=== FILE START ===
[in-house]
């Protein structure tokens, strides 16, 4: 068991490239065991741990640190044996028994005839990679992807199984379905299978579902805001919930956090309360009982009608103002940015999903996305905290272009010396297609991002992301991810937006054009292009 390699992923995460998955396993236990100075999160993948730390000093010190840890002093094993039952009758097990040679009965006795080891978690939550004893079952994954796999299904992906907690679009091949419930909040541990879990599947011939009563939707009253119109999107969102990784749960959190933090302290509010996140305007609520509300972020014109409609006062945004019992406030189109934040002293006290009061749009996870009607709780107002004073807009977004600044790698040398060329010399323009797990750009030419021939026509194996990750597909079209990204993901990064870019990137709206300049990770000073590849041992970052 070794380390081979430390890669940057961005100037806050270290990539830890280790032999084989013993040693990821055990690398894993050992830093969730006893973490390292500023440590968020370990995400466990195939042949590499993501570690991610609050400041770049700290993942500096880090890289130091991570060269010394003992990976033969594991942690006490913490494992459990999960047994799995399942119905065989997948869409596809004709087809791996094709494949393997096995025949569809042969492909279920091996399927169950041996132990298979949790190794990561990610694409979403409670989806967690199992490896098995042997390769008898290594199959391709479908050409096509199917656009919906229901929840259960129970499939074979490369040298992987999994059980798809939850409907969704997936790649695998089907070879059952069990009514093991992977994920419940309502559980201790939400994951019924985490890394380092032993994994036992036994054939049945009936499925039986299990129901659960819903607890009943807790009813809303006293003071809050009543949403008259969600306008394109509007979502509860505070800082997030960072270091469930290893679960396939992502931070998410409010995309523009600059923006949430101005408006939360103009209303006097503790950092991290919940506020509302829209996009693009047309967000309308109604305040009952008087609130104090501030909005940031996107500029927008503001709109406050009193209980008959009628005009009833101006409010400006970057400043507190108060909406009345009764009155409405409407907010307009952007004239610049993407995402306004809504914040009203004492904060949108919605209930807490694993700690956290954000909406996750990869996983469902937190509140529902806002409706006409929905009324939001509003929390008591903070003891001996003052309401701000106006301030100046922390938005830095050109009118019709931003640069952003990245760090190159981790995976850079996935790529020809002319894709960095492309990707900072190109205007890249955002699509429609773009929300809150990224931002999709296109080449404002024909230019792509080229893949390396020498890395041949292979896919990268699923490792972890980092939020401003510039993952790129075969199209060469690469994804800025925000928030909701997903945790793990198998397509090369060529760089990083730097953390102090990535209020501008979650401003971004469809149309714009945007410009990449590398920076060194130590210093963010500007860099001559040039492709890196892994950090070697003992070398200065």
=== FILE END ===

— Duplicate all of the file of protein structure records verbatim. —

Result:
[in-house]
């Protein structure tokens, strides 16, 4: 068991490239065991741990640190044996028994005839990679992807199984379905299978579902805001919930956090309360009982009608103002940015999903996305905290272009010396297609991002992301991810937006054009292009 390699992923995460998955396993236990100075999160993948730390000093010190840890002093094993039952009758097990040679009965006795080891978690939550004893079952994954796999299904992906907690679009091949419930909040541990879990599947011939009563939707009253119109999107969102990784749960959190933090302290509010996140305007609520509300972020014109409609006062945004019992406030189109934040002293006290009061749009996870009607709780107002004073807009977004600044790698040398060329010399323009797990750009030419021939026509194996990750597909079209990204993901990064870019990137709206300049990770000073590849041992970052 070794380390081979430390890669940057961005100037806050270290990539830890280790032999084989013993040693990821055990690398894993050992830093969730006893973490390292500023440590968020370990995400466990195939042949590499993501570690991610609050400041770049700290993942500096880090890289130091991570060269010394003992990976033969594991942690006490913490494992459990999960047994799995399942119905065989997948869409596809004709087809791996094709494949393997096995025949569809042969492909279920091996399927169950041996132990298979949790190794990561990610694409979403409670989806967690199992490896098995042997390769008898290594199959391709479908050409096509199917656009919906229901929840259960129970499939074979490369040298992987999994059980798809939850409907969704997936790649695998089907070879059952069990009514093991992977994920419940309502559980201790939400994951019924985490890394380092032993994994036992036994054939049945009936499925039986299990129901659960819903607890009943807790009813809303006293003071809050009543949403008259969600306008394109509007979502509860505070800082997030960072270091469930290893679960396939992502931070998410409010995309523009600059923006949430101005408006939360103009209303006097503790950092991290919940506020509302829209996009693009047309967000309308109604305040009952008087609130104090501030909005940031996107500029927008503001709109406050009193209980008959009628005009009833101006409010400006970057400043507190108060909406009345009764009155409405409407907010307009952007004239610049993407995402306004809504914040009203004492904060949108919605209930807490694993700690956290954000909406996750990869996983469902937190509140529902806002409706006409929905009324939001509003929390008591903070003891001996003052309401701000106006301030100046922390938005830095050109009118019709931003640069952003990245760090190159981790995976850079996935790529020809002319894709960095492309990707900072190109205007890249955002699509429609773009929300809150990224931002999709296109080449404002024909230019792509080229893949390396020498890395041949292979896919990268699923490792972890980092939020401003510039993952790129075969199209060469690469994804800025925000928030909701997903945790793990198998397509090369060529760089990083730097953390102090990535209020501008979650401003971004469809149309714009945007410009990449590398920076060194130590210093963010500007860099001559040039492709890196892994950090070697003992070398200065």